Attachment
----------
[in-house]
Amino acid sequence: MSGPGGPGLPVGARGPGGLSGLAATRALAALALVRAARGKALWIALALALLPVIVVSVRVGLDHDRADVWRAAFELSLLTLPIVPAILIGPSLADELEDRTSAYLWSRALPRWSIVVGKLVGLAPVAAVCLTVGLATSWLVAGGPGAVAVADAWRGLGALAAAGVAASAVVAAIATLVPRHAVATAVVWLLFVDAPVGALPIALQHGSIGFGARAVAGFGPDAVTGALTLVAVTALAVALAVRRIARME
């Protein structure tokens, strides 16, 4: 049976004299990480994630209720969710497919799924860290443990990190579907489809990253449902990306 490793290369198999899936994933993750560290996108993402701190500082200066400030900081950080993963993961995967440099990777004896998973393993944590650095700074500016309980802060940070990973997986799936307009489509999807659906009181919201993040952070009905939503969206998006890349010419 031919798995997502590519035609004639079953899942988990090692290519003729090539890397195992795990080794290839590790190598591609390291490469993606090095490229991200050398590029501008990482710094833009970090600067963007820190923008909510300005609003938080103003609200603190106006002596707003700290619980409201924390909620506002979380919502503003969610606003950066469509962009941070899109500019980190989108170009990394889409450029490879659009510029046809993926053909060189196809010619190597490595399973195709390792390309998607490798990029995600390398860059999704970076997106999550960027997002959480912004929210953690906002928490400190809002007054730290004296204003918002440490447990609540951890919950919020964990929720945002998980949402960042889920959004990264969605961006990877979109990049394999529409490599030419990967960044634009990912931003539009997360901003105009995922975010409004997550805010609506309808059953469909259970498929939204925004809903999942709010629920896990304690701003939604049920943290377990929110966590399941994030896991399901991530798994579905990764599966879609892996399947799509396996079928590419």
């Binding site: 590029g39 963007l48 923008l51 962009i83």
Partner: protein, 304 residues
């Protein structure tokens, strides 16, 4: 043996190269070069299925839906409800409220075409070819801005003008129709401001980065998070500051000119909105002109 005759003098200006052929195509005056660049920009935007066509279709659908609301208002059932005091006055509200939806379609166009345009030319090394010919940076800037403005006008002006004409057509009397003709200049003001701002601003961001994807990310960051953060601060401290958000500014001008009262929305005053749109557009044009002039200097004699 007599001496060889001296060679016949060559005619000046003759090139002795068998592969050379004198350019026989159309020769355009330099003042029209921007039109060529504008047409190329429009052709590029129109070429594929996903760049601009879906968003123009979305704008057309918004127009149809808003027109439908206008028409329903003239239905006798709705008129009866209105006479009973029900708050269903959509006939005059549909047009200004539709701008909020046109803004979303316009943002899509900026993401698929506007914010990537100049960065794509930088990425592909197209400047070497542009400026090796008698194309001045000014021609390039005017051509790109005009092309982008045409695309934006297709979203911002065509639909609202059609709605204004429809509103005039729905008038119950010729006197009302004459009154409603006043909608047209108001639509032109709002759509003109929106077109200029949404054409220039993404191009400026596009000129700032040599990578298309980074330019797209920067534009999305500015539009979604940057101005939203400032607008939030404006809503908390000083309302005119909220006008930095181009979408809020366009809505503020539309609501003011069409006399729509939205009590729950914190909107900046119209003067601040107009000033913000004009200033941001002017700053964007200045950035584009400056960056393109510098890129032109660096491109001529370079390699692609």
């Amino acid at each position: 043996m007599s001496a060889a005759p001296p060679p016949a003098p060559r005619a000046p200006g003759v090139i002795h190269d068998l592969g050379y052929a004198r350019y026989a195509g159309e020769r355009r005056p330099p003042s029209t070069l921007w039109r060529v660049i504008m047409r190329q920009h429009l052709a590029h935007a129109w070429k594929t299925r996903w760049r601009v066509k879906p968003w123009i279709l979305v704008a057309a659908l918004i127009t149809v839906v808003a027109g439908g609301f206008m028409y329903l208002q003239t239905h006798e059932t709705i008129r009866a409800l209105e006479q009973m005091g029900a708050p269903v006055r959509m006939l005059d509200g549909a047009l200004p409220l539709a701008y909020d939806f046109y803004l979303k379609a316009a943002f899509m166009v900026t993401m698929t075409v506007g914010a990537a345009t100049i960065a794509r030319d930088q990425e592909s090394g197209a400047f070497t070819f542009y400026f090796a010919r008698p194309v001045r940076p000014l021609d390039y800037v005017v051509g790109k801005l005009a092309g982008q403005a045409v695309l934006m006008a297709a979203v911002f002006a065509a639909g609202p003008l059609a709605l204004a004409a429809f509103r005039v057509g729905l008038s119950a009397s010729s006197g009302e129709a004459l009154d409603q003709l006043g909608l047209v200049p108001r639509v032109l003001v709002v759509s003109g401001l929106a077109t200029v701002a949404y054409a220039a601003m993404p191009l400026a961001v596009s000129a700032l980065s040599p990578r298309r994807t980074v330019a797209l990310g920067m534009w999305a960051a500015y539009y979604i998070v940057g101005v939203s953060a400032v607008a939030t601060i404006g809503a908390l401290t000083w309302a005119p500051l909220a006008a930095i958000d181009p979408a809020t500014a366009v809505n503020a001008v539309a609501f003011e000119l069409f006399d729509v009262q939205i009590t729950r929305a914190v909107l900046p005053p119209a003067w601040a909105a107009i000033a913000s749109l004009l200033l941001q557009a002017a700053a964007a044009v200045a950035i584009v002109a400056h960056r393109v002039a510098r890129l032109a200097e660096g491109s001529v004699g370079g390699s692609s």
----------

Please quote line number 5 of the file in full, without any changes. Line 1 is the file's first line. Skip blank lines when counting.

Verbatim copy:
Partner: protein, 304 residues